The 2021 CrossFit Games was a contest that featured both a widely-predicted landslide victory and a tense battle to make claim on a long-held crown. In one division, a favorite becomes the sport’s most dominant in history, and a relative rookie is the new champion in another.
After a two-year hiatus from Madison, Wisconsin, the CrossFit Games did not disappoint. Over five days of competition, which concluded on Sunday, 600 athletes, including teens, teams, masters, individuals, and the inaugural adaptive division, made a strong case for being considered the fittest people on earth.
As promised, the Games were a wide-ranging test of fitness, from a cardio-heavy first event — a mile swim with fins followed by a three-mile kayak paddle — to the “home run derby” of CrossFit, the one-rep max snatch, to more classic chippers, like the four-rounder of rope climbs, ski erg, and sandbag carries.
As is typical, the Games also included a new movement, or rather, a twist on a familiar movement: handstand pushups that, instead of being done against a wall, were freestanding.
After small sets of heavy deadlifts, athletes had to push up into a handstand and walk a few inches forward. Adding more difficulty, they then had to demonstrate control in their descent, a standard that even the event winners, Pat Vellner and Annie Thorisdottir, struggled with despite their backgrounds in gymnastics.
When it came to the winner, though, there was nothing surprising on the women’s side. Before the final two events even took place, Tia-Clair Toomey-Orr had already scored enough point to win her fifth Games, and in the process, she broke the all-time record for event wins, ending the weekend with 33 total and nine in 2021 (out of 15 events). The rest of the podium was predictable. Despite some strong performances by younger athletes, like Haley Adams, it was the veterans who dominated, with Laura Horváth taking second and Annie Thorisdottir in third.
This was Thorisdottir’s 11th Games appearance, but despite her experience (and two previous Fittest on Earth titles), she was unsure whether she’d even compete this year after a traumatic experience giving birth in 2020. Despite this hesitations, she was exceptional, surprising herself (as much as Tia-Clair Toomey-Orr) with a 200-pound snatch.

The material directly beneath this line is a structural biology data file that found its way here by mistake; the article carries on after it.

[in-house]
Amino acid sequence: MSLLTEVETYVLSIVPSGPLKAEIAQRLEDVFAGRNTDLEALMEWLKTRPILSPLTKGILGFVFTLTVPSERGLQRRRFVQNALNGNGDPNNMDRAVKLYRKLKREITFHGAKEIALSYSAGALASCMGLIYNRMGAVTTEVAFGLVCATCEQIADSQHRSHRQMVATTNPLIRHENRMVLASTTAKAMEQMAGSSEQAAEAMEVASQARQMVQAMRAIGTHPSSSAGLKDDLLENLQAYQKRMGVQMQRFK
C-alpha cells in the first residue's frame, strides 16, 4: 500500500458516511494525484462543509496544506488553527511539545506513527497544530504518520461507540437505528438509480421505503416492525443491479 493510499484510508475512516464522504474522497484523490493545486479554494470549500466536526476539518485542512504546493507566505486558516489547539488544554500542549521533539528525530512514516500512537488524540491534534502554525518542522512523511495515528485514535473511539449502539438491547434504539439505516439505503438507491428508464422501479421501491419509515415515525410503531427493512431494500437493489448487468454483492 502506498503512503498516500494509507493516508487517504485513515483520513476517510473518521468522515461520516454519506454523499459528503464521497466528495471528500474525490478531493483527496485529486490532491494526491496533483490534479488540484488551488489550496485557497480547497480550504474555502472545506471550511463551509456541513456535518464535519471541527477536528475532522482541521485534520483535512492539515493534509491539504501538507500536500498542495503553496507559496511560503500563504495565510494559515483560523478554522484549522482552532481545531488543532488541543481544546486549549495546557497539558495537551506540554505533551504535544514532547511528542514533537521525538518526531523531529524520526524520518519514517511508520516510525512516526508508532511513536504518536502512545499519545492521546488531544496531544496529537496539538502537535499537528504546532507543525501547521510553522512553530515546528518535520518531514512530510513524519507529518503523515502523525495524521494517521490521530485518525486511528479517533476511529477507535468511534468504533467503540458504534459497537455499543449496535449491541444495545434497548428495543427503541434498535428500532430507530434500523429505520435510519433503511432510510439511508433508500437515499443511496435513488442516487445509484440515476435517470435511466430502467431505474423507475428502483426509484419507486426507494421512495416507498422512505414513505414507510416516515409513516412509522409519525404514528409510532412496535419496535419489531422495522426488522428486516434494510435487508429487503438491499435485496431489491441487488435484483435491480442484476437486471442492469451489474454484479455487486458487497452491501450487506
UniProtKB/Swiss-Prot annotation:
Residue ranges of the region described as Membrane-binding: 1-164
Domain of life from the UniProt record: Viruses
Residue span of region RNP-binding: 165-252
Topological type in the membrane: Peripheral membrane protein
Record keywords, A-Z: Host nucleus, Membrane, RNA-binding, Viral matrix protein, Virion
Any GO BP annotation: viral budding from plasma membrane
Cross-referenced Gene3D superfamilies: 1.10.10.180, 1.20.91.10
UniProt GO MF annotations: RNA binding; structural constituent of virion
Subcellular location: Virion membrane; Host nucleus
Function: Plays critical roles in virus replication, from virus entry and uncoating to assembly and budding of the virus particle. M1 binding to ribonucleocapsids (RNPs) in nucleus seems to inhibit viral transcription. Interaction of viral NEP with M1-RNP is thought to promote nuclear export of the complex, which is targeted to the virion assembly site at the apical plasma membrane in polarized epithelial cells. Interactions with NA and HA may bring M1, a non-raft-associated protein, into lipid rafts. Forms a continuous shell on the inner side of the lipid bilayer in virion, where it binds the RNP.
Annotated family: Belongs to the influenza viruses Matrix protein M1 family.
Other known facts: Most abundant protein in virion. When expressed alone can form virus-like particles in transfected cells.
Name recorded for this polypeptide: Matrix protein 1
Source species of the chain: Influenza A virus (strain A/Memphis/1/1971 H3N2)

On the men’s side, the horse race wasn’t certain until the last event. Throughout the weekend, Pat Vellner and Brent Fikowski, both multi-year Games athletes, traded blows with last year’s Rookie of the Year, Justin Medeiros. Ultimately, 22-year-old Medeiros pulled away, winning the final workout (his only event win of the weekend) and becoming the youngest male champion in Games’ history.
Withdrawals and Covid-19 Complications
Sadly, many other athletes didn’t have the opportunity to finish the weekend, even before the scheduled cuts on Saturday.
Before the first day, two athletes tested positive and were medically withdrawn. Another, fan favorite Kara Saunders, tested positive early in the week but was allowed to compete after a negative antigen test on-site. Still, she withdrew on Friday, saying her health “100% comes first.”
And then there were the other withdrawals. Six individual athletes left for non-COVID reasons, including Dani Speegle, who rolled her ankle coming off a rope climb, and seven-times Games athlete Brooke Wells, who dislocated her elbow during the one-rep max snatch.
Looking forward, Toomey-Orr said during a press conference after the Games that she plans to return next year. Considering her continued and unchallenged dominance, she’s almost certain to win barring an injury or an act of God.
The first big question, then, is whether Medeiros is well-positioned for his own reign atop the podium, potentially achieving the same dynastic success as Toomey-Orr now and Mat Fraser before him in the Men’s division. He’s an exceptional athlete for sure, but it’s worth mentioning that Vellner, this year’s silver medalist, had to recover from a weak start. On the first event, the swim and kayak, he finished 35th, a hole from which not even six top-three events finishes could help him recover.
That said, CrossFit is a sport of consistency, and Medeiros was remarkably consistent. Of 15 events, he only finished the top 10 only three times.
The second big question is what next year’s competitive season will look like. Every year, the format has changed, but the new administration seems committed to what’s in place, with the Open in March and then a series of quarterfinals, semifinals, and last-chance qualifiers.
Whatever the schedule may end up being, this weekend’s Games proves that functional fitness is as exciting to watch as it ever has been. Some faces change, some stay the same—but the struggle to crown the world’s fittest will always spur incredible performances.
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